X

Rationale/motivation for the instrument

(please describe)

The Microcredit Fund Germany can be seen as the governmental response to the problems incurred by small and micro enterprises when raising capital, be they problems of a fundamental and structural nature or solely due to the financial crisis.

Purpose and aims for the instrument (please describe)

The Microcredit Fund Germany is intended to improve the access of small and micro enterprises and the self-employed to new capital. It aims to empower people with entrepreneurial spirit but no financial means to start their own business. Further, it can be used to prefinance short term contracts and support growth phases in small enterprises. In the medium and long term the programme is also expected to establish a nationwide funding model for micro loans. By the end of 2015 15,000 microloans are to have been disbursed.

Initiator
Please ‘X’      
Other stakeholders actively involved in implementation (please name them and describe their roles)

The implementation of the Microcredit Fund Germany has been assigned to the GLS Bank, its main task being to establish a nationwide agency network through which the micro loans can be channelled. Potential members of the agency network are consulting firms, associations or foundations, which then handle most parts of the loan process from finding and vetting clients to monitoring loan repayment. Since they have no legal right to issue credit, the loan contract is actually signed between the GLS Bank and the client. The agencies are expected to cooperate with regional partners, such as banks, business promotion units, job centres, municipalities, and other employment agencies, foundations and sponsors, investment promotion agencies run by the states and state ministries.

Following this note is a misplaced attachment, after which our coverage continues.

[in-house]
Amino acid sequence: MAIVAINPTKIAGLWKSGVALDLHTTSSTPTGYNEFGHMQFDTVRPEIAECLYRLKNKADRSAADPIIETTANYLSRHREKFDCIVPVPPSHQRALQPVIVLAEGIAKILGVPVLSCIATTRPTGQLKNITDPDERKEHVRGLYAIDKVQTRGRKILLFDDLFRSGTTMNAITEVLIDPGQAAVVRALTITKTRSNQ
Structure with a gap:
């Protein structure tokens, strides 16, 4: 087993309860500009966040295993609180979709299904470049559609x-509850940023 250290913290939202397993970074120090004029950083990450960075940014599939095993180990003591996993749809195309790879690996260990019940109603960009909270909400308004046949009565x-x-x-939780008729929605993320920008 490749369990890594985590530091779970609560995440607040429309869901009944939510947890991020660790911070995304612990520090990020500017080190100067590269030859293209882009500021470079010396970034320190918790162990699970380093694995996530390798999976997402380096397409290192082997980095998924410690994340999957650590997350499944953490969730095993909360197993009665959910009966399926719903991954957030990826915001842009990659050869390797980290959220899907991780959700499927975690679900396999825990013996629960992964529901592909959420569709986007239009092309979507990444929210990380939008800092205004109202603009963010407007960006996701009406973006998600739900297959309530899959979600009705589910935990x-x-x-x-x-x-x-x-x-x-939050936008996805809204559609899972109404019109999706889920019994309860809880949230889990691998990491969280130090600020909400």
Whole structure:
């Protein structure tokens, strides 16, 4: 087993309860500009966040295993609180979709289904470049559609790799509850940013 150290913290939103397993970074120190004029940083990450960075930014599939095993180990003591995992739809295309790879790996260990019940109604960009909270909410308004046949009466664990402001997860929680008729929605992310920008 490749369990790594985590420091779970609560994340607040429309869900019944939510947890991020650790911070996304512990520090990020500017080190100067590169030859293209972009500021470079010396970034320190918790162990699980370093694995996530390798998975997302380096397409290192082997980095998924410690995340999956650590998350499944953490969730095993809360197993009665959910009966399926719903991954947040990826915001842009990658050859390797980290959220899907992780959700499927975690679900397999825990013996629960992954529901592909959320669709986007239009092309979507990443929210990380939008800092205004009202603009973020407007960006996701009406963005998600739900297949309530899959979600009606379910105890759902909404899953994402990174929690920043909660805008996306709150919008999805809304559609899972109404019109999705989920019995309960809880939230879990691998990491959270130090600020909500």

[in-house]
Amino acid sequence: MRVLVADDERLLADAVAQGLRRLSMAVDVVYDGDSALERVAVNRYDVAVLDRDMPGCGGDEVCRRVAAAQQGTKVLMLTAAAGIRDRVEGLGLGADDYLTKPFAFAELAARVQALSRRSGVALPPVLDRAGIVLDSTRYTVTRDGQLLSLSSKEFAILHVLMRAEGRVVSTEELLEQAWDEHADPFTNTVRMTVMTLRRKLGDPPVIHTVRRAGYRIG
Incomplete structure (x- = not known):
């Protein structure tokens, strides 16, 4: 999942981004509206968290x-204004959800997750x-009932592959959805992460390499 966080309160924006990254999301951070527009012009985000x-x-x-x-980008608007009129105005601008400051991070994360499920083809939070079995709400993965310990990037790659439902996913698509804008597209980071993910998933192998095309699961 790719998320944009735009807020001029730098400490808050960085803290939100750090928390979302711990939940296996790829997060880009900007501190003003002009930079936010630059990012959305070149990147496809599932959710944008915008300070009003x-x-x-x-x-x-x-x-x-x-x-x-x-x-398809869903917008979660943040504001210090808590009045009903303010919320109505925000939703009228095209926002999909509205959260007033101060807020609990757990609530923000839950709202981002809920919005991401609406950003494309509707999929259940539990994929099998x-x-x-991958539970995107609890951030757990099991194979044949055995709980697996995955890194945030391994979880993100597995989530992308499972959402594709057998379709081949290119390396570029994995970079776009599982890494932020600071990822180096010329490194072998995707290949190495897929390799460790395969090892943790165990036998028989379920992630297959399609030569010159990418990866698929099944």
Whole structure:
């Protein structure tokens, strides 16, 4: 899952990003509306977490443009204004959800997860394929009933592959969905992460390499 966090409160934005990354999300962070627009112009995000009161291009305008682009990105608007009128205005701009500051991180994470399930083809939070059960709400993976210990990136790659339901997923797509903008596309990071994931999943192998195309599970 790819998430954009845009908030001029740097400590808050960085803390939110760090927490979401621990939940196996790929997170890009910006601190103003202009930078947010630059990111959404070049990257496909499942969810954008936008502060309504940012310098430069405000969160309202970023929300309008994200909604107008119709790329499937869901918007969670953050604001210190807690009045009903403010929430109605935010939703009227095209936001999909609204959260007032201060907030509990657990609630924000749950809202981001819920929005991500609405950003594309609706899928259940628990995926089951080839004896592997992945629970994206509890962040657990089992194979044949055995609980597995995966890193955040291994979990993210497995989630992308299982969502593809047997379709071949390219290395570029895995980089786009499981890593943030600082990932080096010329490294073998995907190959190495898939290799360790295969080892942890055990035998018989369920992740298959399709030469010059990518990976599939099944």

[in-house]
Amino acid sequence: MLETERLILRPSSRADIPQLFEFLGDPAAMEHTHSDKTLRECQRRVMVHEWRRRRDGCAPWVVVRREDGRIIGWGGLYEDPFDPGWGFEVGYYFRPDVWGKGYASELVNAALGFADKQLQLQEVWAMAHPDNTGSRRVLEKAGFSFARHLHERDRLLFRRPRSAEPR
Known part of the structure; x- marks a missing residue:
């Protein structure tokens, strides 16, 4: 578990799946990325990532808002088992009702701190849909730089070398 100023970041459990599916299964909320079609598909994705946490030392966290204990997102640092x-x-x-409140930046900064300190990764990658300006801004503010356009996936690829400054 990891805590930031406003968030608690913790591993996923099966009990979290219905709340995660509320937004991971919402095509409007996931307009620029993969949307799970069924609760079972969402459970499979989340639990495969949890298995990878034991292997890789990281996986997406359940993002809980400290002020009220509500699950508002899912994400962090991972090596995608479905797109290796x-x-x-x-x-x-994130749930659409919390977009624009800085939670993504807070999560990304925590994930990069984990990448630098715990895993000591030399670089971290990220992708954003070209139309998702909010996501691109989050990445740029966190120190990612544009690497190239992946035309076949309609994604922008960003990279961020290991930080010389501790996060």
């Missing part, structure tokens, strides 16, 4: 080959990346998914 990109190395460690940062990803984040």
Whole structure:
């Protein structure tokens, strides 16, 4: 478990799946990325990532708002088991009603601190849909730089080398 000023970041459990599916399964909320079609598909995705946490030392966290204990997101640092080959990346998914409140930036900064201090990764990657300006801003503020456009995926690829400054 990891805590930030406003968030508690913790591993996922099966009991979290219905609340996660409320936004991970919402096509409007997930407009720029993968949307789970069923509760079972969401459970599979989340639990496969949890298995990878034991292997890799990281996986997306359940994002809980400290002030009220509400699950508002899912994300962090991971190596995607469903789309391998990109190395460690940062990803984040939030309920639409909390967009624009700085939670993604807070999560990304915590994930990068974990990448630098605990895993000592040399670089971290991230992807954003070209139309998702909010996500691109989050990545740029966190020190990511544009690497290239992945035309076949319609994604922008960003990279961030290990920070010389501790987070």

Target groups        
Please describe the target groups (sector, age, level of education, gender)

Persons with entrepreneurial spirit but no financial means and small and micro enterprises that need to finance short-term contracts or growth processes. Around 40% of the current portfolio has been awarded to entrepreneurs with a migration background. A special focus is also put on female entrepreneurs, who receive around 30% of the current portfolio. The main sectors financed are the service sector, followed by food and beverage, and retail.

Funding        
Please describe the funding of the instrument/programme (national and European sources, budget available)

Of the total volume of €100 million the BMAS provides more than €40 million, the ESF the remaining €60 million. The BMWI is expected to join the Microcredit Fund Germany and to provide a further €1.5 million.

Activities